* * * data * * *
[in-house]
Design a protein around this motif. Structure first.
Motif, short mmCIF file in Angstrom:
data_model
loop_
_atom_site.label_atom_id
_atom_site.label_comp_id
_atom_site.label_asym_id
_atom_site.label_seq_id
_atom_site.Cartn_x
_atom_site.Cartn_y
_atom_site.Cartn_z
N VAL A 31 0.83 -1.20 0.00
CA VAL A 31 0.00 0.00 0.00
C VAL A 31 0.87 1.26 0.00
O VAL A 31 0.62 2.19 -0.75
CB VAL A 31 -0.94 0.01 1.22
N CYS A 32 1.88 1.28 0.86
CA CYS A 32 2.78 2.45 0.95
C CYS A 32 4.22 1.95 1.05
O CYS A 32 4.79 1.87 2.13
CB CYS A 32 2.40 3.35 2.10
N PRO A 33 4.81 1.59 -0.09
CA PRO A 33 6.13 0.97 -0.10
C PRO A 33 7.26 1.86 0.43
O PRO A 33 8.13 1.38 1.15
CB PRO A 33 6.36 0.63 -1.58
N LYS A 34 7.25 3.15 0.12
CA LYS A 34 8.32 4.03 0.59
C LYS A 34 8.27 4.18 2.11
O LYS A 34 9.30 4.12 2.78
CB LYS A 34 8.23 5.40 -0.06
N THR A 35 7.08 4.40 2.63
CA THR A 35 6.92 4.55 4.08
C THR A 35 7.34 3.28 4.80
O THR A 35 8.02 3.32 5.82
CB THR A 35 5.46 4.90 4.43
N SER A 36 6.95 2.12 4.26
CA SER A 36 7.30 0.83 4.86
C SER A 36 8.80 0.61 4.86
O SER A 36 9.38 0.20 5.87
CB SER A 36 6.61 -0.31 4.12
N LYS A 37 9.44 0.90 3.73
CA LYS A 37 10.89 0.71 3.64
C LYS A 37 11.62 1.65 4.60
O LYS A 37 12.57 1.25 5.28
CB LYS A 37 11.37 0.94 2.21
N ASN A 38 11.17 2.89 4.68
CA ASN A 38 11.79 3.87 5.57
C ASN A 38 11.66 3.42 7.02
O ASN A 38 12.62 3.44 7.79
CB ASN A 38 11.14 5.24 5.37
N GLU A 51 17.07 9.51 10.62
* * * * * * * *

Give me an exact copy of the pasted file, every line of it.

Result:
[in-house]
Design a protein around this motif. Structure first.
Motif, short mmCIF file in Angstrom:
data_model
loop_
_atom_site.label_atom_id
_atom_site.label_comp_id
_atom_site.label_asym_id
_atom_site.label_seq_id
_atom_site.Cartn_x
_atom_site.Cartn_y
_atom_site.Cartn_z
N VAL A 31 0.83 -1.20 0.00
CA VAL A 31 0.00 0.00 0.00
C VAL A 31 0.87 1.26 0.00
O VAL A 31 0.62 2.19 -0.75
CB VAL A 31 -0.94 0.01 1.22
N CYS A 32 1.88 1.28 0.86
CA CYS A 32 2.78 2.45 0.95
C CYS A 32 4.22 1.95 1.05
O CYS A 32 4.79 1.87 2.13
CB CYS A 32 2.40 3.35 2.10
N PRO A 33 4.81 1.59 -0.09
CA PRO A 33 6.13 0.97 -0.10
C PRO A 33 7.26 1.86 0.43
O PRO A 33 8.13 1.38 1.15
CB PRO A 33 6.36 0.63 -1.58
N LYS A 34 7.25 3.15 0.12
CA LYS A 34 8.32 4.03 0.59
C LYS A 34 8.27 4.18 2.11
O LYS A 34 9.30 4.12 2.78
CB LYS A 34 8.23 5.40 -0.06
N THR A 35 7.08 4.40 2.63
CA THR A 35 6.92 4.55 4.08
C THR A 35 7.34 3.28 4.80
O THR A 35 8.02 3.32 5.82
CB THR A 35 5.46 4.90 4.43
N SER A 36 6.95 2.12 4.26
CA SER A 36 7.30 0.83 4.86
C SER A 36 8.80 0.61 4.86
O SER A 36 9.38 0.20 5.87
CB SER A 36 6.61 -0.31 4.12
N LYS A 37 9.44 0.90 3.73
CA LYS A 37 10.89 0.71 3.64
C LYS A 37 11.62 1.65 4.60
O LYS A 37 12.57 1.25 5.28
CB LYS A 37 11.37 0.94 2.21
N ASN A 38 11.17 2.89 4.68
CA ASN A 38 11.79 3.87 5.57
C ASN A 38 11.66 3.42 7.02
O ASN A 38 12.62 3.44 7.79
CB ASN A 38 11.14 5.24 5.37
N GLU A 51 17.07 9.51 10.62